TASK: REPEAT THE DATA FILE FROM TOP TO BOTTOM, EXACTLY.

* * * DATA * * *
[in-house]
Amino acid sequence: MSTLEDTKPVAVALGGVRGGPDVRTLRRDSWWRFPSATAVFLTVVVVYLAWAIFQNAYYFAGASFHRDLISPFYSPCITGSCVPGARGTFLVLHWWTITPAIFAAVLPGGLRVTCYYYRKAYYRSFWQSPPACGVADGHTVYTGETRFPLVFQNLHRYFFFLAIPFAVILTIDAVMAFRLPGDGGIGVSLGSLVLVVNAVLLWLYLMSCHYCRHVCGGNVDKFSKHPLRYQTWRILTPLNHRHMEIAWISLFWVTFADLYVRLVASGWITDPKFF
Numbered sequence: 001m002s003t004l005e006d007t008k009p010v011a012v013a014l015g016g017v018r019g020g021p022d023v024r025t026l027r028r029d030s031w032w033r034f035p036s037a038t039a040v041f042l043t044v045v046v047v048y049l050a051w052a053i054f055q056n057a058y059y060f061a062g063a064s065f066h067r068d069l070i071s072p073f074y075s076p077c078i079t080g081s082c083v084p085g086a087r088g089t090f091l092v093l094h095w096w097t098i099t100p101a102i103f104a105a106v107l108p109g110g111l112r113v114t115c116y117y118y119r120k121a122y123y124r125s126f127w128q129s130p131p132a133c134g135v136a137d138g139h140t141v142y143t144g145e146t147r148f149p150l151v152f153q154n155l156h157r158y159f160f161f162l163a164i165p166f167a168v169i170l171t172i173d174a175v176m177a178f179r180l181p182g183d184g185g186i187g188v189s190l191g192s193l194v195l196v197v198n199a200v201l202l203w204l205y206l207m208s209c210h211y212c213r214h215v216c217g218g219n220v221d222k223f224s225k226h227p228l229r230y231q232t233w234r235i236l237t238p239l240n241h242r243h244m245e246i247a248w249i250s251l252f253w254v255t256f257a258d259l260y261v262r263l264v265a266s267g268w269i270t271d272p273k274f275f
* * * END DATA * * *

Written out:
[in-house]
Amino acid sequence: MSTLEDTKPVAVALGGVRGGPDVRTLRRDSWWRFPSATAVFLTVVVVYLAWAIFQNAYYFAGASFHRDLISPFYSPCITGSCVPGARGTFLVLHWWTITPAIFAAVLPGGLRVTCYYYRKAYYRSFWQSPPACGVADGHTVYTGETRFPLVFQNLHRYFFFLAIPFAVILTIDAVMAFRLPGDGGIGVSLGSLVLVVNAVLLWLYLMSCHYCRHVCGGNVDKFSKHPLRYQTWRILTPLNHRHMEIAWISLFWVTFADLYVRLVASGWITDPKFF
Numbered sequence: 001m002s003t004l005e006d007t008k009p010v011a012v013a014l015g016g017v018r019g020g021p022d023v024r025t026l027r028r029d030s031w032w033r034f035p036s037a038t039a040v041f042l043t044v045v046v047v048y049l050a051w052a053i054f055q056n057a058y059y060f061a062g063a064s065f066h067r068d069l070i071s072p073f074y075s076p077c078i079t080g081s082c083v084p085g086a087r088g089t090f091l092v093l094h095w096w097t098i099t100p101a102i103f104a105a106v107l108p109g110g111l112r113v114t115c116y117y118y119r120k121a122y123y124r125s126f127w128q129s130p131p132a133c134g135v136a137d138g139h140t141v142y143t144g145e146t147r148f149p150l151v152f153q154n155l156h157r158y159f160f161f162l163a164i165p166f167a168v169i170l171t172i173d174a175v176m177a178f179r180l181p182g183d184g185g186i187g188v189s190l191g192s193l194v195l196v197v198n199a200v201l202l203w204l205y206l207m208s209c210h211y212c213r214h215v216c217g218g219n220v221d222k223f224s225k226h227p228l229r230y231q232t233w234r235i236l237t238p239l240n241h242r243h244m245e246i247a248w249i250s251l252f253w254v255t256f257a258d259l260y261v262r263l264v265a266s267g268w269i270t271d272p273k274f275f